“Building heating and cooling are among the biggest uses of energy,” Haq says. Indeed, heating and air-conditioning account for almost half of home energy use. You can make your space more energy efficient by sealing drafts and ensuring it’s adequately insulated. You can also claim federal tax credits for many energy-efficiency home improvements.
4. Invest in energy-efficient appliances.
Since they were first implemented nationally in 1987, efficiency standards for dozens of appliances and products have kept 2.3 billion tons of carbon dioxide out of the air. That’s about the same amount as the annual carbon pollution coughed up by nearly 440 million cars. “Energy efficiency is the lowest-cost way to reduce emissions,” Haq says. When shopping for refrigerators, washing machines, and other appliances, look for the Energy Star label. It will tell you which are the most efficient.
5. Reduce water waste.
Saving water reduces carbon pollution, too. That's because it takes a lot of energy to pump, heat, and treat your water. So take shorter showers, turn off the tap while brushing your teeth, and switch to WaterSense-labeled fixtures and appliances. The EPA estimates that if just one out of every 100 American homes were retrofitted with water-efficient fixtures, about 100 million kilowatt-hours of electricity per year would be saved—avoiding 80,000 tons of global warming pollution.
6. Actually eat the food you buy—and make less of it meat.
Approximately 10 percent of U.S. energy use goes into growing, processing, packaging, and shipping food—about 40 percent of which just winds up in the landfill. “If you’re wasting less food, you’re likely cutting down on energy consumption,” Haq says. And since livestock products are among the most resource-intensive to produce, eating meat-free meals can make a big difference, too.
7. Buy better bulbs.
LED lightbulbs use up to 80 percent less energy than conventional incandescents. They’re also cheaper in the long run: A 10-watt LED that replaces your traditional 60-watt bulb will save you $125 over the lightbulb’s life.
8. Pull the plug(s).
Taken together, the outlets in your home are likely powering about 65 different devices—an average load for a home in the U.S. Audio and video devices, cordless vacuums and power tools, and other electronics use energy even when they're not charging. This "idle load" across all U.S. households adds up to the output of 50 large power plants in the U.S. So don't leave fully charged devices plugged into your home's outlets, unplug rarely used devices or plug them into power strips and timers, and adjust your computers and monitors to automatically power down to the lowest power mode when not in use.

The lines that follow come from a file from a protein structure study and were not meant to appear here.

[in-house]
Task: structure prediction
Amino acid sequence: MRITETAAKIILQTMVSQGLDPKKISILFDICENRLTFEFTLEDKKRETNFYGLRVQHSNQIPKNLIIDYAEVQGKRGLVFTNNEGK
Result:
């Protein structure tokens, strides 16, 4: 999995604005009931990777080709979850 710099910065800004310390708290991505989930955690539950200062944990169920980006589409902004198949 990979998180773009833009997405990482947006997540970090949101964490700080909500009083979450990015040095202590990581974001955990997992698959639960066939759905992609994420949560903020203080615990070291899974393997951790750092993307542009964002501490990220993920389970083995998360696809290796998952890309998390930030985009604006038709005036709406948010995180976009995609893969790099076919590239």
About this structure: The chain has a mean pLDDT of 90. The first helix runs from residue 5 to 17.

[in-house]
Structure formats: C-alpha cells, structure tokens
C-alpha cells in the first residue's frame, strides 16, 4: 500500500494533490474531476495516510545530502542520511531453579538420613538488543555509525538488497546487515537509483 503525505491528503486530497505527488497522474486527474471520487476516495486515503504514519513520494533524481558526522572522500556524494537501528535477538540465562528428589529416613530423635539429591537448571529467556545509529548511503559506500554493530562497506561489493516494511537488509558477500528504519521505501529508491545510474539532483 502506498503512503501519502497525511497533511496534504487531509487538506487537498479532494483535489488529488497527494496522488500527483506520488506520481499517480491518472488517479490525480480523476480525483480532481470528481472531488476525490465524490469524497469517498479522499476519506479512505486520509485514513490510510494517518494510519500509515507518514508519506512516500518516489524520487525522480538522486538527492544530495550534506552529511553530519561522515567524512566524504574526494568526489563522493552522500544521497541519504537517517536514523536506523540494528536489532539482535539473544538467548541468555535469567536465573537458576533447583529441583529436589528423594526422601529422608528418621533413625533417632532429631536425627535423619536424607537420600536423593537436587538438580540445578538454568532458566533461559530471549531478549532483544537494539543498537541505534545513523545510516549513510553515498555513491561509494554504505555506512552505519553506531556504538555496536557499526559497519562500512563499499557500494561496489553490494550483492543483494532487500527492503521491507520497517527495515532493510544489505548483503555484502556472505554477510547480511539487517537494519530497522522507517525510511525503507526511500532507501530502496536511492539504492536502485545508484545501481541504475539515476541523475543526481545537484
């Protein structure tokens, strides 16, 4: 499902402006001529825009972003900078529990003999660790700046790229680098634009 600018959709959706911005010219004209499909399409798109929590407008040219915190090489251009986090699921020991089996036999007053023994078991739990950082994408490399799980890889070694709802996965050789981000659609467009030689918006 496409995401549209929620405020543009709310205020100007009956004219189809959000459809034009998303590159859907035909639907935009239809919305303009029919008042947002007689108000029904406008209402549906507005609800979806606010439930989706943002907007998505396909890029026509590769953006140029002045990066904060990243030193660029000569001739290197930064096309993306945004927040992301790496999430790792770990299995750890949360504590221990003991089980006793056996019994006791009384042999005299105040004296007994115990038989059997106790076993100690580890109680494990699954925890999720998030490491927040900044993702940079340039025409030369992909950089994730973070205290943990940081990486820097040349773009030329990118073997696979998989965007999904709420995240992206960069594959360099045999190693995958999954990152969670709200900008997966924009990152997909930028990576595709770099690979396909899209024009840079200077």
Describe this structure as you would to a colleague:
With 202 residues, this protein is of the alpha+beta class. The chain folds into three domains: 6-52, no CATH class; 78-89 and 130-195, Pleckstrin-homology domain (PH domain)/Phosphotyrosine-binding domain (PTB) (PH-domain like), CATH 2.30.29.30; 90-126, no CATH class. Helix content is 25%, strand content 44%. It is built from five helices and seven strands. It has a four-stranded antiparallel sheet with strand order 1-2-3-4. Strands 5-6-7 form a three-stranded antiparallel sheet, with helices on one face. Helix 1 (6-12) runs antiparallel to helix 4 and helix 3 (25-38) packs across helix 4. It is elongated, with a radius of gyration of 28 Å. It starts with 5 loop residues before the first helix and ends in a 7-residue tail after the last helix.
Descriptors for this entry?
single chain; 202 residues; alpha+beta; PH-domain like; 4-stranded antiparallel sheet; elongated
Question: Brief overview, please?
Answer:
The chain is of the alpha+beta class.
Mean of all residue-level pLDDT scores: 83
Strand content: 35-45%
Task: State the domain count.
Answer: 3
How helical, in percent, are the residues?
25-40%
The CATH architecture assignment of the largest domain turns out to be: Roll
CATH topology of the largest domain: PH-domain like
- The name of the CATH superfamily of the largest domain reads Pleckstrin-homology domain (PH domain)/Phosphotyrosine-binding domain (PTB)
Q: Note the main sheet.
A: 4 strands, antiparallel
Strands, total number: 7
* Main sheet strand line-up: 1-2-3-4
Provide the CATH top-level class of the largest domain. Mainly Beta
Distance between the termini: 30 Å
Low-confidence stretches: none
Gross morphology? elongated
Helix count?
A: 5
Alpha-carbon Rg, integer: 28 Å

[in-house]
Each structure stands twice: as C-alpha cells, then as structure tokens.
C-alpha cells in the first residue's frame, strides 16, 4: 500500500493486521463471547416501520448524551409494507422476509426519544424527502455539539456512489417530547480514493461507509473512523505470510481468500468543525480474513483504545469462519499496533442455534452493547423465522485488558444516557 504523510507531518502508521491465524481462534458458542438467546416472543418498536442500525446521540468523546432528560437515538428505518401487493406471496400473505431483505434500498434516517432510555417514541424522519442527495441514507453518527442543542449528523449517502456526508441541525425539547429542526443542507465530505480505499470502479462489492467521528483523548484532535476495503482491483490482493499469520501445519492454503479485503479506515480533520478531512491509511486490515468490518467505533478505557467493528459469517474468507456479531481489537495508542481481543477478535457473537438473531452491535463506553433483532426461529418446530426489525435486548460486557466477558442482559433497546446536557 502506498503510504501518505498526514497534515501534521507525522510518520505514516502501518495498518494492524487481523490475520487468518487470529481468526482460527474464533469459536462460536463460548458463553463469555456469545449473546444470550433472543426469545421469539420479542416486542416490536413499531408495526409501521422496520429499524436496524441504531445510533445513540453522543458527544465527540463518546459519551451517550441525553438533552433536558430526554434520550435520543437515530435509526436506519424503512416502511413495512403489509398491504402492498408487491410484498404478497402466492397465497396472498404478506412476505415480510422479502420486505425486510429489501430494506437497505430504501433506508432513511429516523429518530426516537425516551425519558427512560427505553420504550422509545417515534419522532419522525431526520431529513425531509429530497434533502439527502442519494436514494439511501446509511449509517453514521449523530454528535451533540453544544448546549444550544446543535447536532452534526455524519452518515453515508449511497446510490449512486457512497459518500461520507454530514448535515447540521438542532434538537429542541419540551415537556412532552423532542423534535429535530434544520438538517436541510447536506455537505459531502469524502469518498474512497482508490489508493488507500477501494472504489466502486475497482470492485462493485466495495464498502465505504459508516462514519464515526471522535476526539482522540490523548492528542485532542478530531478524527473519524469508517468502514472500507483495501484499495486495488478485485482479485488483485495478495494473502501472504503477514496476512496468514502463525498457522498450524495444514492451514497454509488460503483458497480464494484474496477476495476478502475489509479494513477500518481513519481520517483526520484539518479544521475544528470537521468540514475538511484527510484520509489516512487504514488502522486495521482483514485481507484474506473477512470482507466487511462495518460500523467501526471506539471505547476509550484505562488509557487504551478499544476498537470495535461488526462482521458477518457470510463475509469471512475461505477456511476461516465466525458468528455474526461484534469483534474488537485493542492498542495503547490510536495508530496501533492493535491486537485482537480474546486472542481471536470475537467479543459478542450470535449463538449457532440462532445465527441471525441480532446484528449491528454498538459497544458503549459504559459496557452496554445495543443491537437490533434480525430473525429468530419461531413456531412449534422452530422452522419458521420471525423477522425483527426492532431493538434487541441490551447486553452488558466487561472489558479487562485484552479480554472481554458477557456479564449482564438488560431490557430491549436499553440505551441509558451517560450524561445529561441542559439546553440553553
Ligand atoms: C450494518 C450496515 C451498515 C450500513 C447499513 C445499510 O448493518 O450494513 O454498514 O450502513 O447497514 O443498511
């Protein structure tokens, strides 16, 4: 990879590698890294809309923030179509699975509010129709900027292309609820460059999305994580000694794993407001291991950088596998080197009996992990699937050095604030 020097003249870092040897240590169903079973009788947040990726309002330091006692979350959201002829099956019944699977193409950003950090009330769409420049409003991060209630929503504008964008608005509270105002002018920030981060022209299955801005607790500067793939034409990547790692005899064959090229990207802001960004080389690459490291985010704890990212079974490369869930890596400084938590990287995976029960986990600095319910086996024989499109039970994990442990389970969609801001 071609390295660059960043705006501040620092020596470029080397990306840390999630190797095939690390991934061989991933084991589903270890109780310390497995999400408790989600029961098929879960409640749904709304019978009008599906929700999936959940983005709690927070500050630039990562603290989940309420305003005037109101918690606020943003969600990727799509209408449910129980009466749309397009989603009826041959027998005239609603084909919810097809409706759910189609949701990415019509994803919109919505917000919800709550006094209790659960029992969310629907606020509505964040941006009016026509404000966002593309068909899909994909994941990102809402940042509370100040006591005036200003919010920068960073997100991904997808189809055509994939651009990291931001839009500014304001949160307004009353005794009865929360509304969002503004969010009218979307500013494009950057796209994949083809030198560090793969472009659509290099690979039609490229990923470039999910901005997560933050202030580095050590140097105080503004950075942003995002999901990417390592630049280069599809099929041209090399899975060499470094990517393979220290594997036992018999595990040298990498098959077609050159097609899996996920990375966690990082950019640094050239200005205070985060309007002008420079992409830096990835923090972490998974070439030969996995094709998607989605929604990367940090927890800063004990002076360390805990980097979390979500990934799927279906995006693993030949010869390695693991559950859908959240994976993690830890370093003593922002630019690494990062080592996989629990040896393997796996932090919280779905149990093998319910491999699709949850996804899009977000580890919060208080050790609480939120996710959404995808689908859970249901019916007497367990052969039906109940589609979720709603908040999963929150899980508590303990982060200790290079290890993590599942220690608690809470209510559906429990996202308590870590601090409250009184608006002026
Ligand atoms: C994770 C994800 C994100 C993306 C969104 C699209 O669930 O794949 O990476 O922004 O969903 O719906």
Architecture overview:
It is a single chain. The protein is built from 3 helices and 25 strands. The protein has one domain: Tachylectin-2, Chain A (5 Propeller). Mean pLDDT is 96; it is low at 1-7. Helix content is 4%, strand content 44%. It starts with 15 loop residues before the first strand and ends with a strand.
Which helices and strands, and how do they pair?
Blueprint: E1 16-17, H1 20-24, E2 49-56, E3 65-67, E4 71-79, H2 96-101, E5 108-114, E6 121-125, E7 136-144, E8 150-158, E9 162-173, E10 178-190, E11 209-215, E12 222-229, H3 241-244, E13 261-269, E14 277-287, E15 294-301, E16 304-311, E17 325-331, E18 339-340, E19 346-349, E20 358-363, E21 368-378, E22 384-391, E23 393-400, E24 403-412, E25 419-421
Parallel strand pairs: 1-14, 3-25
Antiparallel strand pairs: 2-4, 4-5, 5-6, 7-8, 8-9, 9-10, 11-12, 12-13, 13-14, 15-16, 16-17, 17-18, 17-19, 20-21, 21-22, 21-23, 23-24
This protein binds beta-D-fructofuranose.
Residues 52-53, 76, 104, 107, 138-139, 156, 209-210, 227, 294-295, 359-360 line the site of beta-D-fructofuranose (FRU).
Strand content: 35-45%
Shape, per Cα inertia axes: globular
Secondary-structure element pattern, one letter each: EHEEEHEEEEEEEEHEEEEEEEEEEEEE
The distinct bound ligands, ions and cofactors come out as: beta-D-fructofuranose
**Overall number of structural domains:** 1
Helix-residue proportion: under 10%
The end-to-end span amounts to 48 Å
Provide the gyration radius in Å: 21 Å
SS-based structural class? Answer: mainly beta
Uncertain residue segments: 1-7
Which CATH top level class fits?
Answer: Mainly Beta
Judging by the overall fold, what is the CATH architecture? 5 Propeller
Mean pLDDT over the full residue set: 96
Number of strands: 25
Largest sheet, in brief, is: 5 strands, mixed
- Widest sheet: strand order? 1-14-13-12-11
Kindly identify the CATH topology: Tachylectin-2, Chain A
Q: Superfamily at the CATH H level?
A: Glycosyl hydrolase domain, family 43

9. Drive a fuel-efficient vehicle.
Gas-smart cars, such as hybrids and fully electric vehicles, save fuel and money. And once all cars and light trucks meet 2025’s clean car standards, which means averaging 54.5 miles per gallon, they’ll be a mainstay. For good reason: Relative to a national fleet of vehicles that averaged only 28.3 miles per gallon in 2011, Americans will spend $80 billion less at the pump each year and cut their automotive emissions by half. Before you buy a new set of wheels, compare fuel-economy performance here.
10. Maintain your ride.
If all Americans kept their tires properly inflated, we could save 1.2 billion gallons of gas each year. A simple tune-up can boost miles per gallon anywhere from 4 percent to 40 percent, and a new air filter can get you a 10 percent boost.
11. Rethink planes, trains, and automobiles.
Choosing to live in walkable smart-growth cities and towns with quality public transportation leads to less driving, less money spent on fuel, and less pollution in the air. Less frequent flying can make a big difference, too. “Air transport is a major source of climate pollution,” Haq says. “If you can take a train instead, do that.”
12. Shrink your carbon profile.
You can offset the carbon you produce by purchasing carbon offsets, which represent clean power that you can add to the nation’s energy grid in place of power from fossil fuels. But not all carbon offset companies are alike. Do your homework to find the best supplier.